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Echoing a call for change

  • Published
  • By Robert Blevins
  • 88th Civil Engineer Group

WRIGHT-PATTERSON AIR FORCE BASE, Ohio -- Gen. CQ Brown’s 2020 charge to “accelerate change or lose” is our call to action and meet the challenges of our time. But as an Airman and civil engineer, what does this mean?

We already seem to be defined by change. The Air Force is driven by ever-changing geopolitical, economic and technological environments. Over the last 10 years, the Civil Engineer enterprise has responded with transformational change to organizations, processes and manpower. Fortunately, what remains unchanged are the talented and dedicated Air Force military, civilian and contractor members.

However, we still face one key challenge: reducing the cost of infrastructure and cost to maintain poorly utilized, outdated facilities.

Another way we can think about the Air Force chief of staff’s call to action is to ask, “How do we step away from our traditional mindset and collaborate across organizations to achieve our mission at a lower cost … and do it quickly?” We must start by reminding ourselves that nearly every decision we make, at every level, impacts the Air Force mission by putting pressure on already tight budgets.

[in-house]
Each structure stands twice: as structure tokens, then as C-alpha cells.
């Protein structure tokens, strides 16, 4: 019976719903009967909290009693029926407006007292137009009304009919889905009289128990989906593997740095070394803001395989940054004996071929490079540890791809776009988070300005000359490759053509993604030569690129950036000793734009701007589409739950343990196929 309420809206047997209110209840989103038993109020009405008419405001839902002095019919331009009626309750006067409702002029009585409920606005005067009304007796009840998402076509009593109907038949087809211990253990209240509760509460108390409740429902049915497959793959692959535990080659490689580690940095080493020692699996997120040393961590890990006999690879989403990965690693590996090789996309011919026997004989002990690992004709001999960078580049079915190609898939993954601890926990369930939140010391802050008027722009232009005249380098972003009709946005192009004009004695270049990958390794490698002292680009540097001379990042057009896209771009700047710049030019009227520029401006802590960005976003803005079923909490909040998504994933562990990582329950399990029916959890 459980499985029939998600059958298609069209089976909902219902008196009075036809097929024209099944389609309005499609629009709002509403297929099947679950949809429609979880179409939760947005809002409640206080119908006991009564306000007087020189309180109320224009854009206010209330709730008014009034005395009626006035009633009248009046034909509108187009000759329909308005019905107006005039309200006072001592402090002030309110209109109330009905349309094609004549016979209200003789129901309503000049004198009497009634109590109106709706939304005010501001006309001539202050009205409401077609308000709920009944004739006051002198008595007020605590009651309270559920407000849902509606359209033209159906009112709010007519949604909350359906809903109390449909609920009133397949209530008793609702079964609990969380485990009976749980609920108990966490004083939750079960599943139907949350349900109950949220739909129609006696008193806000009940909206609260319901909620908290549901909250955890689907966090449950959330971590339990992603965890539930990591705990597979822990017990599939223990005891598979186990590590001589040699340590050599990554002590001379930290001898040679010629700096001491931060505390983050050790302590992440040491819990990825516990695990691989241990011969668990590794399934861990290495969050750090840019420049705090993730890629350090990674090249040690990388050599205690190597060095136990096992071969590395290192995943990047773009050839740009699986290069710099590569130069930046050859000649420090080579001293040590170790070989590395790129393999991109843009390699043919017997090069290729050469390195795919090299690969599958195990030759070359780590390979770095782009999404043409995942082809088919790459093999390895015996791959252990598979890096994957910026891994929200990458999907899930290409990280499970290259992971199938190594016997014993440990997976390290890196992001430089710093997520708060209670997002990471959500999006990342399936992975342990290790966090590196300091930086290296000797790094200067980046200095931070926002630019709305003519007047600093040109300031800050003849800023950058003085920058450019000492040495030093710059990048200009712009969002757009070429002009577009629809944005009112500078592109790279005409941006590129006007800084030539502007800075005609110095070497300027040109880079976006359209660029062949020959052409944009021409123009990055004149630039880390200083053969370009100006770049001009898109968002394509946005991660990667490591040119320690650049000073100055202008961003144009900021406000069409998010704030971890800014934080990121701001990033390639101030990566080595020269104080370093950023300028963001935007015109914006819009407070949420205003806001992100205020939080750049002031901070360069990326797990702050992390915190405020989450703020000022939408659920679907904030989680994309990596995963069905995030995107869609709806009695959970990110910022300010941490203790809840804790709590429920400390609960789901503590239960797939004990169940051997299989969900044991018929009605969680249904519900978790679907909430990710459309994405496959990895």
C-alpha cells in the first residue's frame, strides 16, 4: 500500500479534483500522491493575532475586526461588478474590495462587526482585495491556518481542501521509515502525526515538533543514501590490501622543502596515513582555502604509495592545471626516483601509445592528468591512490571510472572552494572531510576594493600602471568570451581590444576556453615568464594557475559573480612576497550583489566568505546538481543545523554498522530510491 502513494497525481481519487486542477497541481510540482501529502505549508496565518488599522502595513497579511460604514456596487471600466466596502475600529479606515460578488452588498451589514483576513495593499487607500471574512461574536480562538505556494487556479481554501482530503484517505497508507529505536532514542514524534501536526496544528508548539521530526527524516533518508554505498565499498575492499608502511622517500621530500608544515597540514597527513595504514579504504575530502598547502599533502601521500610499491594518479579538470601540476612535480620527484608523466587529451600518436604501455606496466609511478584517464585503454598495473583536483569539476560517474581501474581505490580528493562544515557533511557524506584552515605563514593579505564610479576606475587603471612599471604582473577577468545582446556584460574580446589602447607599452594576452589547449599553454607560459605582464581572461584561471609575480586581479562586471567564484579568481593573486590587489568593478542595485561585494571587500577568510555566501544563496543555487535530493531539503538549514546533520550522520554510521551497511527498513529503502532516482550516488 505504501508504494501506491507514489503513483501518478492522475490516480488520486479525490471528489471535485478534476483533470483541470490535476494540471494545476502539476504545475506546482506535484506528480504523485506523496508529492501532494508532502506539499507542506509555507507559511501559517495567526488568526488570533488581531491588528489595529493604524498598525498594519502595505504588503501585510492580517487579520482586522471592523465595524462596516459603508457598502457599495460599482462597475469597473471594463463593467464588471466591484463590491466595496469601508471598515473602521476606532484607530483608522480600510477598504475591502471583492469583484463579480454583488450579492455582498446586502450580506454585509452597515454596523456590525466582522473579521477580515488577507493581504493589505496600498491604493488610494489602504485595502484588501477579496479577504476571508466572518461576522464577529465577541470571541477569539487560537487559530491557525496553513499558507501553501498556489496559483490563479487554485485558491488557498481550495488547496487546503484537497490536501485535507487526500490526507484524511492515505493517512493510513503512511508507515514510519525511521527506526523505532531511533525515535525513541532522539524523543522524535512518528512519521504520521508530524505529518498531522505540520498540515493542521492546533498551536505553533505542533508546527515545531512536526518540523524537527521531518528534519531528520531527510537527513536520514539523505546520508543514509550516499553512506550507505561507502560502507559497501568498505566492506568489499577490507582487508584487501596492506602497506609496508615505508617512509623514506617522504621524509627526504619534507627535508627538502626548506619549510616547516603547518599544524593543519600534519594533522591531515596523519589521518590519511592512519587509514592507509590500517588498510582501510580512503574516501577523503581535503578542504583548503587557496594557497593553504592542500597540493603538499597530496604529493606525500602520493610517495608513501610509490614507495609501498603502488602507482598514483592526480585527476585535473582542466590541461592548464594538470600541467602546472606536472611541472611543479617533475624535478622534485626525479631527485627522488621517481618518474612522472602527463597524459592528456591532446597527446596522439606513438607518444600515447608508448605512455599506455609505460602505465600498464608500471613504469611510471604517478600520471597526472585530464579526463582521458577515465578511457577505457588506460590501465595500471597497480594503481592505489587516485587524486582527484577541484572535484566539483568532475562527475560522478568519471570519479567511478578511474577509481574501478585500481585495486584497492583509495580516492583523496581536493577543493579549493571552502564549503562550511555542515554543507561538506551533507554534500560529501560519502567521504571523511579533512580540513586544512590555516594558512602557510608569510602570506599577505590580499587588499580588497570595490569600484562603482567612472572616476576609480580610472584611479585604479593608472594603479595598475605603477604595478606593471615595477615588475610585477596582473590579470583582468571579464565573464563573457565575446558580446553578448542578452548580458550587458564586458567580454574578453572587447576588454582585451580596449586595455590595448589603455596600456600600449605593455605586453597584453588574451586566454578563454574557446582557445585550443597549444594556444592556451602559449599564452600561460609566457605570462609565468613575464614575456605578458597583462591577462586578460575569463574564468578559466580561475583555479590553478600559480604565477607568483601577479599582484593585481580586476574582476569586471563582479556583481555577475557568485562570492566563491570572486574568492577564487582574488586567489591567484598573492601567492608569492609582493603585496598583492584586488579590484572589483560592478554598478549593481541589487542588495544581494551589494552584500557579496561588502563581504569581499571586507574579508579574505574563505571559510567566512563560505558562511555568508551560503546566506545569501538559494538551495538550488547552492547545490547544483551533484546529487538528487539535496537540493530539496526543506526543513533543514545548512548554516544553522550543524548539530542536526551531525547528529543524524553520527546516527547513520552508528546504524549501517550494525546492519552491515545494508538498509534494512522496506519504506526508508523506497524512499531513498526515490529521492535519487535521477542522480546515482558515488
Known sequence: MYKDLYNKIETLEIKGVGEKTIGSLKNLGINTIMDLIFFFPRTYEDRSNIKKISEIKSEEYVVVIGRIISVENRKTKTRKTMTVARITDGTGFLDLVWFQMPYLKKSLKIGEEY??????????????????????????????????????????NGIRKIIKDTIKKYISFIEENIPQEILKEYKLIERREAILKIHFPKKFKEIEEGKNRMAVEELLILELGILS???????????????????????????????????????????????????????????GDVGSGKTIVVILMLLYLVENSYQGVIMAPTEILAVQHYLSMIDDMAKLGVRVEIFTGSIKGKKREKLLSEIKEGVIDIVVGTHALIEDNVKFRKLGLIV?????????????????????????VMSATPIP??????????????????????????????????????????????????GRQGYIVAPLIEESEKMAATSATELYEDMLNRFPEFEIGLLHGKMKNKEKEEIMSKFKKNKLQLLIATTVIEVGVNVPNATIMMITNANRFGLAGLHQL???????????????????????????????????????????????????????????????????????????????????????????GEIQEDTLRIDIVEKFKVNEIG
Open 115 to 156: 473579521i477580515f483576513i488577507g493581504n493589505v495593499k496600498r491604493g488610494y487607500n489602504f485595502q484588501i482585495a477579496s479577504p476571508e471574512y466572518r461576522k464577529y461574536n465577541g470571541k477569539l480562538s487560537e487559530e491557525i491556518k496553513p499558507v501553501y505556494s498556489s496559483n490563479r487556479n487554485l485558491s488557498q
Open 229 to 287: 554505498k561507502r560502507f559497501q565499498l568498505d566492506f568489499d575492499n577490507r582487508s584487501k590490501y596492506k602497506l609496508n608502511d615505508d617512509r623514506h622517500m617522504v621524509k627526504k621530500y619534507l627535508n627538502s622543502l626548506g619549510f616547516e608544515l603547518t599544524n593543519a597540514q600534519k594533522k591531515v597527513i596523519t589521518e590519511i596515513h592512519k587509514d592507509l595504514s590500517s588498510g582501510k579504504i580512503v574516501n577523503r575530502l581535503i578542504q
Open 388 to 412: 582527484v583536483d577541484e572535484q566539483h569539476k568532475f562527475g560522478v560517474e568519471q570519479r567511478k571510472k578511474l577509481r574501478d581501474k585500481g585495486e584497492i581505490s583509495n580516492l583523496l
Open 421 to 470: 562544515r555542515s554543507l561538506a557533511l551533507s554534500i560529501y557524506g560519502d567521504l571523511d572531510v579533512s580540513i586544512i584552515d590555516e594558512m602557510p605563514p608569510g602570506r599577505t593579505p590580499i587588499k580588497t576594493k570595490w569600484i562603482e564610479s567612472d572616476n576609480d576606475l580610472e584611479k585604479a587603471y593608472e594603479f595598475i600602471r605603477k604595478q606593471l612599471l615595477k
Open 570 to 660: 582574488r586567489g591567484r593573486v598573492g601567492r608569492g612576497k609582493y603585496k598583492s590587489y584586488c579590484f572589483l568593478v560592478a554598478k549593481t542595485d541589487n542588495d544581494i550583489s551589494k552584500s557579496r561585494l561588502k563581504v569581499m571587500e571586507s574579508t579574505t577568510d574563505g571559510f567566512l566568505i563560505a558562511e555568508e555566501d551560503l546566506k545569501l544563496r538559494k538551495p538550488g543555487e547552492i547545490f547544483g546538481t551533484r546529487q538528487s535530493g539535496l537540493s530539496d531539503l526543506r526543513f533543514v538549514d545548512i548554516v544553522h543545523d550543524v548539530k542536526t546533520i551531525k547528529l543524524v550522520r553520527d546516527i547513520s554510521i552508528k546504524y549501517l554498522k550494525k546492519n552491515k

As Airmen, we must think beyond our functional and organizational boundaries. We must consider cross-cutting measures that challenge the traditional mindset and expectations around facilities and how we use them.

In addition, we must remember the lessons from the past few years. The COVID-19 pandemic reminded us we are resourceful and creative in getting the job done. Social strife related to race and equality taught us that diverse perspectives are important. This has given new meaning to the power of inclusiveness.

Recent focus on people and the workplace reminds us that Airmen well-being is critical to our collective success. As we come out of the pandemic, we have an opportunity to re-envision the workplace. Embracing Air Force ideals while we do so will ensure we are true to ourselves and maximize our collective effort.

We must challenge ourselves to collaborate in new ways. We need to embrace technology and change how we interact and exchange information.

In some cases, we may find our teams are not reliant on the traditional office setting. We may realize the most critical teams are made of individuals working together across organizations and doing their jobs from the airfield, workshops, labs, conference rooms, homes and offices.

When we’re successful, a transformed workplace will emerge. It will lessen our reliance on degraded and outdated facilities while enhancing mission effectiveness. Facilities will be adaptable and serve multiple purposes in an efficient and cost-effective way. The way we work will be different, more efficient and it will inspire the innovation needed to meet the challenges ahead.

Engineers lead the way!